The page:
Along His Own Lines, which opens this month at the Dorsky Museum, is the first museum survey of the works of realist painter Eugene Speicher (1883-1962) since 1963. Born in Buffalo, Speicher moved to New York in 1907. There, he studied with fellow artists William Merritt Chase and Robert Henri, and formed close bonds with George Bellows, Rockwell Kent, and other noted realists. Eventually, Speicher split his time between the city and Woodstock, painting portraits of artists and friends, as well as still lifes, landscapes, and nudes. Feb. 5-July 13. Wed.-Sun. 11 a.m.-5 p.m. • SUNY New Paltz campus. 1 Hawk Dr., New Paltz. 845-257-3844 or www.newpaltz.edu/museum
Acclaimed flutist Carol Wincenc is the featured soloist at the Symphony of Westchester’s Mostly Mozart concert this month. Wincenc, who has played with numerous U.S. orchestras and premiered works by many contemporary composers — including the Valley’s own Joan Tower and Peter Schickele — performs Mozart’s Flute Concerto no. 1 in G major. The composer’s Symphony no. 40, one of his most admired and frequently performed works, is also on the bill. Feb. 9 at 3 p.m. $50, $35 seniors, $15 students. • Murphy Auditorium, Iona College. 715 North Ave., New Rochelle. 914-654-4926 or www.thesymphonyofwestchester.org
What happens when 1940s comedic duo Abbott and Costello make a movie with horror film icons Béla Lugosi, Lon Chaney Jr., and Vincent Price? Abbott & Costello Meet Frankenstein, which screens at the Bardavon Opera House this month. Number 56 on the American Film Institute’s list of the funniest movies ever made in the U.S., this frightening fiasco has Count Dracula (Lugosi) attempting to “reactivate” Frankenstein using Lou Costello’s brain. The Wolf Man (Chaney) and the Invisible Man (Price) enter the fray, and mayhem ensues when all three cinema monsters pursue the funnymen through Dracula’s castle. We can’t think of a better way to banish those winter blues. Feb. 21 at 7:30 p.m. $6. • 35 Market St., Poughkeepsie. 845-473-2072 or www.bardavon.org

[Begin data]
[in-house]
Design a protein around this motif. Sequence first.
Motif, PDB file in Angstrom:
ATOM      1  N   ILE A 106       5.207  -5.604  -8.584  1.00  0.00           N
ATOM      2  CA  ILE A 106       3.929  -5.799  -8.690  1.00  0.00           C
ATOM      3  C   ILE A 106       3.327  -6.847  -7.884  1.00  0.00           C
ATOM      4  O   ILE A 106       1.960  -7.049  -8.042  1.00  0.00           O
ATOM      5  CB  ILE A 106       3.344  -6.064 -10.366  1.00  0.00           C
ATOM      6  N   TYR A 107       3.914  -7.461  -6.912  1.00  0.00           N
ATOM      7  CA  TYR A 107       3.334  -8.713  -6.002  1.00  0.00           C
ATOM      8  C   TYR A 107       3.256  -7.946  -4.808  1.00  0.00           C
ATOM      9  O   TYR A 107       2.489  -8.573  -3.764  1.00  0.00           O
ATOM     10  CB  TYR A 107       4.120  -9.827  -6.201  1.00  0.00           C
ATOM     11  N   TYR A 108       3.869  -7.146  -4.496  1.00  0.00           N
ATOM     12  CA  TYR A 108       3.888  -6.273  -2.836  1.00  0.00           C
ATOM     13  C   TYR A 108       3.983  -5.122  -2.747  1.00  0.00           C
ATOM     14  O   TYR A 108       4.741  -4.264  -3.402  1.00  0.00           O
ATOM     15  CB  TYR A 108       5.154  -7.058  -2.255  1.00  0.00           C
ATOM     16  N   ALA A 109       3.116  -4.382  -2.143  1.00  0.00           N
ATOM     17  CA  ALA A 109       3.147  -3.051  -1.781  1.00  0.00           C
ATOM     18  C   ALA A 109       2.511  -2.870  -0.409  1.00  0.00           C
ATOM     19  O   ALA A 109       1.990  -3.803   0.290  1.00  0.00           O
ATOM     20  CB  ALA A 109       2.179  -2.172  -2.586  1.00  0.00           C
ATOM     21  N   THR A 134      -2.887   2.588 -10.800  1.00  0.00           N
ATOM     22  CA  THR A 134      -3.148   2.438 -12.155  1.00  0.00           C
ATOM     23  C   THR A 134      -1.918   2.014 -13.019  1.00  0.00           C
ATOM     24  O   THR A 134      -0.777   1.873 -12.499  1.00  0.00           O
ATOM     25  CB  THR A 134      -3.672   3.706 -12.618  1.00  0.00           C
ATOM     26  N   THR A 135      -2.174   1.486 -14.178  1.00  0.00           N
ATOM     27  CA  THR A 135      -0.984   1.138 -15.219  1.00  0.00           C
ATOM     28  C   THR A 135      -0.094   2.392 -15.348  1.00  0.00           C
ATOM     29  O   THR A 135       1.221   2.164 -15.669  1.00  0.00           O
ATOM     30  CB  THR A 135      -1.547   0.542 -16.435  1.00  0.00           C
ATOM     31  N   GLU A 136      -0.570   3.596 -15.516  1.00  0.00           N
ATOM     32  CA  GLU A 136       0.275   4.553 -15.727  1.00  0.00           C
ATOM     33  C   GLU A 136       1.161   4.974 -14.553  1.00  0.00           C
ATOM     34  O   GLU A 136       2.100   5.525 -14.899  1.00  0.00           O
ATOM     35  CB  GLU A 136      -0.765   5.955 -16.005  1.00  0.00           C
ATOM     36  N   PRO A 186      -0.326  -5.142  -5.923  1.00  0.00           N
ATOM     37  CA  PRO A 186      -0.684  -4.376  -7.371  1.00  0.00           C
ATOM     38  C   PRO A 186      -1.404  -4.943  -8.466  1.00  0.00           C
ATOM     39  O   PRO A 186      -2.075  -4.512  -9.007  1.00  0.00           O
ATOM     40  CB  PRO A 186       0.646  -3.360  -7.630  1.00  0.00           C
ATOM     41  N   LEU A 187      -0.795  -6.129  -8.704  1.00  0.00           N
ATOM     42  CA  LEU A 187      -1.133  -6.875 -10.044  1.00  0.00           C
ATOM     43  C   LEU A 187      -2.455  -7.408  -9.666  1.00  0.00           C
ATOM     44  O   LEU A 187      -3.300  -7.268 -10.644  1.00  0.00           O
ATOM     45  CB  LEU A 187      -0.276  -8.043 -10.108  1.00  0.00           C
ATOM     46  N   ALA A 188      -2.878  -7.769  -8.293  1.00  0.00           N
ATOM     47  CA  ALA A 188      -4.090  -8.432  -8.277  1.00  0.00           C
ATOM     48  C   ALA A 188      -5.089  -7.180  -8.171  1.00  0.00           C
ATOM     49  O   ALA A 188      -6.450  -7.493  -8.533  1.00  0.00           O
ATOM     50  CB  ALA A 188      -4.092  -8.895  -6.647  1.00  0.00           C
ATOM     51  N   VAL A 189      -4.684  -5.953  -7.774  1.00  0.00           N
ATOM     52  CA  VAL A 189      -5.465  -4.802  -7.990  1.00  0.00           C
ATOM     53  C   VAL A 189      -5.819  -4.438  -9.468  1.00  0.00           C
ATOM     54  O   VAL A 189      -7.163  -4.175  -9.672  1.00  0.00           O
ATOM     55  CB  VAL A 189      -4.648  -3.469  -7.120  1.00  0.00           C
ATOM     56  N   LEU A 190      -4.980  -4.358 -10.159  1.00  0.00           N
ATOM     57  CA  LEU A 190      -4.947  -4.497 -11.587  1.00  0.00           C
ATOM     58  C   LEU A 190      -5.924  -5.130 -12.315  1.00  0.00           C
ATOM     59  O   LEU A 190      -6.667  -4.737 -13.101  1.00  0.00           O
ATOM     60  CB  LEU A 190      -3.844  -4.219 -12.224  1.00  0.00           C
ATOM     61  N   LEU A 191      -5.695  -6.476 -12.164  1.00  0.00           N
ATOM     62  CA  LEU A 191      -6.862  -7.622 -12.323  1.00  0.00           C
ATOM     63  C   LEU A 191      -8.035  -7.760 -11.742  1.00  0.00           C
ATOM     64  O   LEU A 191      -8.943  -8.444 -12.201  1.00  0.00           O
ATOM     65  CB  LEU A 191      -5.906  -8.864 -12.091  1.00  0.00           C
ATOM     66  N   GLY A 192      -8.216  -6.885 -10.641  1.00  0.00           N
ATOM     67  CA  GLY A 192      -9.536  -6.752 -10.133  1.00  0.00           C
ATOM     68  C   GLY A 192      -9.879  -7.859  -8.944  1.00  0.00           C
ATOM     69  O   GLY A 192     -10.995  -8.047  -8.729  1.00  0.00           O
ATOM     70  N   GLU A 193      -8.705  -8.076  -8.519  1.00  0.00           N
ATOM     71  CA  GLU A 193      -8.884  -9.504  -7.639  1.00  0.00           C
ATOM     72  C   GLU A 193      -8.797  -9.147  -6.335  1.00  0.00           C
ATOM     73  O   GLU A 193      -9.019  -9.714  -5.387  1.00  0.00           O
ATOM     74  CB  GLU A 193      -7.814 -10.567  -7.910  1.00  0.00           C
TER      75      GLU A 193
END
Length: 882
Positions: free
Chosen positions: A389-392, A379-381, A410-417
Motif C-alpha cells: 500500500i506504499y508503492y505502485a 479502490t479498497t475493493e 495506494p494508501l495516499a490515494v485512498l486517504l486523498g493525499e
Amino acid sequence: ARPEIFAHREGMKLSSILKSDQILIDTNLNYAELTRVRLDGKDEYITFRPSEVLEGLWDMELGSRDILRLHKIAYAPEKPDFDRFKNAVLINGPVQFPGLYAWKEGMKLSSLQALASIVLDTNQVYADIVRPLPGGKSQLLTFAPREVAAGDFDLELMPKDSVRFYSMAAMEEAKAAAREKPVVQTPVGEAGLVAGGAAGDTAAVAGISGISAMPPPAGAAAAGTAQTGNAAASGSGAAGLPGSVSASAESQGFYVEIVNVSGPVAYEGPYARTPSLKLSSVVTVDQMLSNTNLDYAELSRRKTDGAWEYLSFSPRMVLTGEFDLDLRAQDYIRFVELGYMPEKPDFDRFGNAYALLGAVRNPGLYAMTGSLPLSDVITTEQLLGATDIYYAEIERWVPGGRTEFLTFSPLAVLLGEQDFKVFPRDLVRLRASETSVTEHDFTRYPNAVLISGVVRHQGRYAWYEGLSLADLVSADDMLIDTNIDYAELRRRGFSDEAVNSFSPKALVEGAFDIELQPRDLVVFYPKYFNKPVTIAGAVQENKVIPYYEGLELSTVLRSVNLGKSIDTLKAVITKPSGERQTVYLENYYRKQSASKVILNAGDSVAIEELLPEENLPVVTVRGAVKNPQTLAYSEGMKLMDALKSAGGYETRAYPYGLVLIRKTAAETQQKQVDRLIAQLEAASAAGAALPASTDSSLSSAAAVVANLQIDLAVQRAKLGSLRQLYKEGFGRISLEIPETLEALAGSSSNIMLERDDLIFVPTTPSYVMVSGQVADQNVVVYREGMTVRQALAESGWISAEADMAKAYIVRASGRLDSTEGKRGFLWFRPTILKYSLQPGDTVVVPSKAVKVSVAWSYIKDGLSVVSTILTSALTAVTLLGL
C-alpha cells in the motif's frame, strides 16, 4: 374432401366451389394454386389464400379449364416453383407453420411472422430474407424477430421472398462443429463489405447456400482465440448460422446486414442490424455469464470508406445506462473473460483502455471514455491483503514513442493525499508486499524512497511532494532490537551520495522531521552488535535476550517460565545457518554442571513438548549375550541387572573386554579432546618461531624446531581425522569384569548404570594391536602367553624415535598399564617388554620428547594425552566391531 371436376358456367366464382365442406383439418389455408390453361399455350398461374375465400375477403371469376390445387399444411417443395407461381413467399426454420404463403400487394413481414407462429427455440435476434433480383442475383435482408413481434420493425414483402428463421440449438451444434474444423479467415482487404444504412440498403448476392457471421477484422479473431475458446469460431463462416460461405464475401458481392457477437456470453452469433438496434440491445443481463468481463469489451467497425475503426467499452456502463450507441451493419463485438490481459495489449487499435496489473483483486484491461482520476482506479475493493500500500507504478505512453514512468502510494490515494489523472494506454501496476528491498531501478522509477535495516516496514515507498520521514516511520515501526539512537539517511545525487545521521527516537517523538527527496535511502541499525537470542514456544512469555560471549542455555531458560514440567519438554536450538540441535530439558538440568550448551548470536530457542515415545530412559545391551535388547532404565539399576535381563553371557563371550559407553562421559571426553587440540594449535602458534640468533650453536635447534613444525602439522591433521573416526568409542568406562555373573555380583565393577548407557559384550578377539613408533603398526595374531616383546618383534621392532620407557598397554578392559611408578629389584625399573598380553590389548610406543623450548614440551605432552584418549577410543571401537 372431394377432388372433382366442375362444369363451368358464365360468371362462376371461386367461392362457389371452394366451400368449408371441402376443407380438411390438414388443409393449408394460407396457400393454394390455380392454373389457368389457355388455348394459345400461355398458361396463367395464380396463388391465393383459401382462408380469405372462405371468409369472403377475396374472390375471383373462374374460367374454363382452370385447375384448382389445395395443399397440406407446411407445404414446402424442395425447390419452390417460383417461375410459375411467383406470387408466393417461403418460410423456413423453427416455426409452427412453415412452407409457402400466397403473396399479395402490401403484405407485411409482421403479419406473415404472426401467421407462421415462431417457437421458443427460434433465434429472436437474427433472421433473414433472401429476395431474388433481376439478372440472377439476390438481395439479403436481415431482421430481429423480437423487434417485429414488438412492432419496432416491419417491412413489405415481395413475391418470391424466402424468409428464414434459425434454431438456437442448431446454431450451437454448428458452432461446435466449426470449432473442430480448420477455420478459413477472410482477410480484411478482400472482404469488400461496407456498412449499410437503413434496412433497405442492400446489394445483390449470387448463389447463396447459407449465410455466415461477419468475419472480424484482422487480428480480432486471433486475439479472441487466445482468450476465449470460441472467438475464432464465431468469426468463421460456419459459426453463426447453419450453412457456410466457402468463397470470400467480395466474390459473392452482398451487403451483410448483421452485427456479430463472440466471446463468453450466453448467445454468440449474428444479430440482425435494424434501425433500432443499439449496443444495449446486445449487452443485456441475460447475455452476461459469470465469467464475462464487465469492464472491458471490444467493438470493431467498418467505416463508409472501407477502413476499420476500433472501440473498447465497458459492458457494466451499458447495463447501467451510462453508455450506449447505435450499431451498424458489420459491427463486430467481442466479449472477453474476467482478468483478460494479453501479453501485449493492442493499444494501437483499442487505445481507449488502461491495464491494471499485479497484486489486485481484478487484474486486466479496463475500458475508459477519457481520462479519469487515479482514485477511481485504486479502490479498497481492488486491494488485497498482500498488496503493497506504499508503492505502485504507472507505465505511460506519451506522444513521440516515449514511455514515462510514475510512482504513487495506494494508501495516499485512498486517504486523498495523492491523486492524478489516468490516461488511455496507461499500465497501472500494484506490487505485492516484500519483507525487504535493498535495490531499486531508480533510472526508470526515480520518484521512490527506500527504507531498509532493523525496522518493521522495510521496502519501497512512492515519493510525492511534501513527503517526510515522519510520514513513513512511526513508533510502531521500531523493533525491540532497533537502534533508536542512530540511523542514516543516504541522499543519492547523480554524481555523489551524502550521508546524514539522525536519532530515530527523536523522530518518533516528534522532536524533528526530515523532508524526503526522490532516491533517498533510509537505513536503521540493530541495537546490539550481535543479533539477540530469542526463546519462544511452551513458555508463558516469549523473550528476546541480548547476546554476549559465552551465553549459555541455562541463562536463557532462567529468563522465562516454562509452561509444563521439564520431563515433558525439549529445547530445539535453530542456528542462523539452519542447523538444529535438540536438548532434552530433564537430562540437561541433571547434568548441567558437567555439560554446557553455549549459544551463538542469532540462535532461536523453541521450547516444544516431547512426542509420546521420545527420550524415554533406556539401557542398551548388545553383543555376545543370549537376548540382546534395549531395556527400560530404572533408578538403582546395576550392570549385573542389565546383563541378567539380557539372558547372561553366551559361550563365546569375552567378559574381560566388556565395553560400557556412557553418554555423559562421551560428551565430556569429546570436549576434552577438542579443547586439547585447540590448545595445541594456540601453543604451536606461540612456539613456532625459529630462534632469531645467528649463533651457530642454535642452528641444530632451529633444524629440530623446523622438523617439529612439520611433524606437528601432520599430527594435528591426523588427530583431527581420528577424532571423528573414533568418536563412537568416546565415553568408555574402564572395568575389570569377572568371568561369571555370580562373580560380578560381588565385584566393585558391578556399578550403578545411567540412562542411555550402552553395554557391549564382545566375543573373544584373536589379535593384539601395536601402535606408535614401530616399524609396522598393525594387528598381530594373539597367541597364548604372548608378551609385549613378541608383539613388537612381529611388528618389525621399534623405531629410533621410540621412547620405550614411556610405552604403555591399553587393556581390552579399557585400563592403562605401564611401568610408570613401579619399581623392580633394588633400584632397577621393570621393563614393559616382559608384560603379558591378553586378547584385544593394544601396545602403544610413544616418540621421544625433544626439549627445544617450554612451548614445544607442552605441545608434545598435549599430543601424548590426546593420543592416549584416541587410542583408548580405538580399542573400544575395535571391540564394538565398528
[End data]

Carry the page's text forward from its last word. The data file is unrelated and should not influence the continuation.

Based on the band Green Day’s rock opera of the same name, American Idiot is a sung-through musical (there’s no spoken dialogue) that tells the story of a trio of disaffected young men who escape the stifling life of the suburbs in order to find freedom and excitement in the city. Their plans are interrupted, though, by drug use, apathy, shattered relationships, military service, and other vagaries of the post-9/11 world. The national touring production of this Broadway smash (it won two Tonys in 2011) hits this stage at Albany’s Palace Theatre. Feb. 14 at 8 p.m. $35-$68. • 19 Clinton Ave., Albany. 518-465-3334 or http://palacealbany.com
Rock and roll and a trio of comics are on the February bill at the Tarrytown Music Hall. Rock music fans can choose between Get the Led Out, the Led Zeppelin tribute band (Feb. 7 at 8 p.m. $30-$40) and They Called It Rock, a dance performance set to music by Hendrix, Bowie, The Who, et al. (Feb. 14 at 8 p.m. $25-$45). Get your belly laughs with stand-up stars Jim Breuer (Feb. 8 at 8 p.m. $35), Bobby Collins (Feb. 21 at 8 p.m. $38-$48), and Mario Cantone (Feb. 28 at 8 p.m. $38-$58). • 13 Main St., Tarrytown. 877-840-0457 or www.tarrytownmusichall.org
Founding Father George Washington turns 282 years old this month — and what better way to celebrate than by singing “Happy Birthday” to the general himself? Visit Washington’s Headquarters State Historic Site during the President’s Day weekend to serenade George and watch him cut his birthday cake — which he’ll even share with you. Take a tour of his winter residence during the Revolution, visit the site’s newly revamped museum, and watch military demonstrations and presentations; you’ll even get a souvenir of the party to take home. Feb. 15-17 from 12-4 p.m. • Liberty & Washington St., Newburgh. 845-562-1195.